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The billionaire owner of Insys Therapeutics was arrested Thursday and charged with leading a nationwide conspiracy to use bribes and fraud to cause the illegal distribution of a Fentanyl spray intended for cancer patients.
Dr. John N. Kapoor, 74, of Phoenix, Arizona, the founder and former CEO of Insys and still a member of its board, faces federal charges of racketeering, conspiracy to commit fraud and conspiracy to violate the Anti-Kickback law. In addition to fines, the racketeering and fraud charges carry possible prison sentences of up to 20 years, while the kickback charge can bring up to five years.
Prosecutors allege the company paid hundreds of thousands of dollars to doctors in exchange for prescribing a spray called Subsys that contained the powerful and addictive synthetic opioid fentanyl. Three top prescribers have already been convicted of taking bribes from Insys.
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NBC News reported extensively on the company this summer. In her first network interview, Patty Nixon, a company employee turned whistleblower, explained how the company lured doctors into prescribing the drug for patients who didn't need it.
"It was absolutely genius," Patty Nixon said of the alleged scheme. "It was wrong, but it was genius."
"What I did, I was instructed to do, I was trained to do," Nixon, who was fired by Insys after she says she felt guilty about lying on the job and stopped showing up for work.
"It was wrong, but it was genius."
"It was wrong, but it was genius."
After Kapoor's arrest on Thursday, Nixon said, "I wasn't sure this day would ever come. It is a great day for justice. A great day for the victims. Dr. Kapoor is an evil man. I give a lot of credit to all the prosecutors and all the people who worked on bringing him to justice. It's what needs to be done."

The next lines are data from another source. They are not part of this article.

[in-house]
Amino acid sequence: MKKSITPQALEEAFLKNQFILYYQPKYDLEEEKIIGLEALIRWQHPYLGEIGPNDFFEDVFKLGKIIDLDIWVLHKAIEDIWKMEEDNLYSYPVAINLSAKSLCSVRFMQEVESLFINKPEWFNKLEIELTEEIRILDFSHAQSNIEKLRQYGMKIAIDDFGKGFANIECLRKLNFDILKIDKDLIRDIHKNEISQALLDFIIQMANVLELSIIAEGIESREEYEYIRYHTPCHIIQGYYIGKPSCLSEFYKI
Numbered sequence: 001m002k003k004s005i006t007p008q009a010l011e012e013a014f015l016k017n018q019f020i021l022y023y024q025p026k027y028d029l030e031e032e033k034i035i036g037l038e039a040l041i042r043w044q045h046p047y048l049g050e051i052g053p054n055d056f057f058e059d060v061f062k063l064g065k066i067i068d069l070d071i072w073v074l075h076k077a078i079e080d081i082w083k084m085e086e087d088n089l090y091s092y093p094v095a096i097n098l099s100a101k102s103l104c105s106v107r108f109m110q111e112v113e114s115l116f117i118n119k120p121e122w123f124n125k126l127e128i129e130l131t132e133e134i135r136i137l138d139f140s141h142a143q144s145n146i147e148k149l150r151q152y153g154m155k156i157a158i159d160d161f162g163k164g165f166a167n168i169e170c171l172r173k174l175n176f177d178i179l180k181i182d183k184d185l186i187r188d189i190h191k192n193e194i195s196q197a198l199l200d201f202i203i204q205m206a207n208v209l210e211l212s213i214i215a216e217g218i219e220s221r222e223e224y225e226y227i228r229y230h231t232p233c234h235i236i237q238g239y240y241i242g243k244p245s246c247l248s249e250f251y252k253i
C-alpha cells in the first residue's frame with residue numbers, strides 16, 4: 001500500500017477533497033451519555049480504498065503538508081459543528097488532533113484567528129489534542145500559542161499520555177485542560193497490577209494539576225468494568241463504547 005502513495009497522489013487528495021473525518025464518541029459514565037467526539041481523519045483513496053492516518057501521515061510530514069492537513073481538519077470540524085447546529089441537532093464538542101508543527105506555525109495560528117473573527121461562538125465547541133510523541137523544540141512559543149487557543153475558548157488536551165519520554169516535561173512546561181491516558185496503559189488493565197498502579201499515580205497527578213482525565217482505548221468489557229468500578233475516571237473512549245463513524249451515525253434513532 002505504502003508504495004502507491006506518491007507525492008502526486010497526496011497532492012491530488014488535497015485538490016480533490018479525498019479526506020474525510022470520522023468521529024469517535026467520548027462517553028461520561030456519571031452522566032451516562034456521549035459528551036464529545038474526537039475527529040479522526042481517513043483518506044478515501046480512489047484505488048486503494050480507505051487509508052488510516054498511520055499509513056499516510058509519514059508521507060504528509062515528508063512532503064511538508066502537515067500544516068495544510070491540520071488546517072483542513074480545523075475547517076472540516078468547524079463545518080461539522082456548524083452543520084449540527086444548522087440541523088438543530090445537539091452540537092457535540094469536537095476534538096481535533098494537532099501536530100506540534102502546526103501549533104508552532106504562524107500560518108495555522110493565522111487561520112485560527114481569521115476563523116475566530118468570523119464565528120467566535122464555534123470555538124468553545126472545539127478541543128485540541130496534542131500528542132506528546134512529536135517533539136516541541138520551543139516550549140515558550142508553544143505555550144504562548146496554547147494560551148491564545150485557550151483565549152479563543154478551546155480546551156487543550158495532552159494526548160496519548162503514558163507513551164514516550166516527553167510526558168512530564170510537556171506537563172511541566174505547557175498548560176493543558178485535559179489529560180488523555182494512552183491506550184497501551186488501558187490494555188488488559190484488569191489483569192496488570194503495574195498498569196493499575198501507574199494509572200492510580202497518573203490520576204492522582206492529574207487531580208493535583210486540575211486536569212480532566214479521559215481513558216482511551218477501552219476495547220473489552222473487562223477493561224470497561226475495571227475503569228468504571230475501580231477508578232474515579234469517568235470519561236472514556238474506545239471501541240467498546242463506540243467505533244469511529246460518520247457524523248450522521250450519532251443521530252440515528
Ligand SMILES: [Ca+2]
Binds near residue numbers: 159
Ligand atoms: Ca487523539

She said that if she is called upon to testify against Kapoor, "I absolutely will."
Subsys is 100 times stronger than morphine. It was approved by the FDA to treat patients with cancer who had "breakthrough" pain, that is, pain which other narcotics are not addressing.
Nixon said her role was to make sure Subsys got into the hands of as many patients as possible, whether they had cancer or not.
"My job responsibilities were to contact insurance companies on behalf of the patients and the doctors to get the medication approved and paid for by their insurance company," she told NBC News.
Subsys is not cheap. A 30-day supply costs anywhere from $3,000 to $30,000. The alleged scheme depended upon getting insurers to pay for it. That was Nixon's job. She said her role was to trick insurers into believing the drug was "medically necessary."
"I would say, 'Hi, this is Patty. I'm calling from Dr. Smith's office. I'm calling to request prior authorization for a medication called Subsys,'" recalled Nixon.
She said she would sometimes pretend she was calling from the office of a cancer doctor to up the chances of approval as well as select specific diagnosis codes, likely to be approved, whether the patient had the condition or not.
"It was a complete bold-faced lie," said Nixon.
Sarah Fuller was one of the patients who was prescribed Subsys even though she didn't have cancer.
In her case, it was chronic neck and back pain from two car accidents. And when her doctor prescribed Subsys, an Insys sales rep was sitting in the room with them, her father Dave Fuller told NBC News.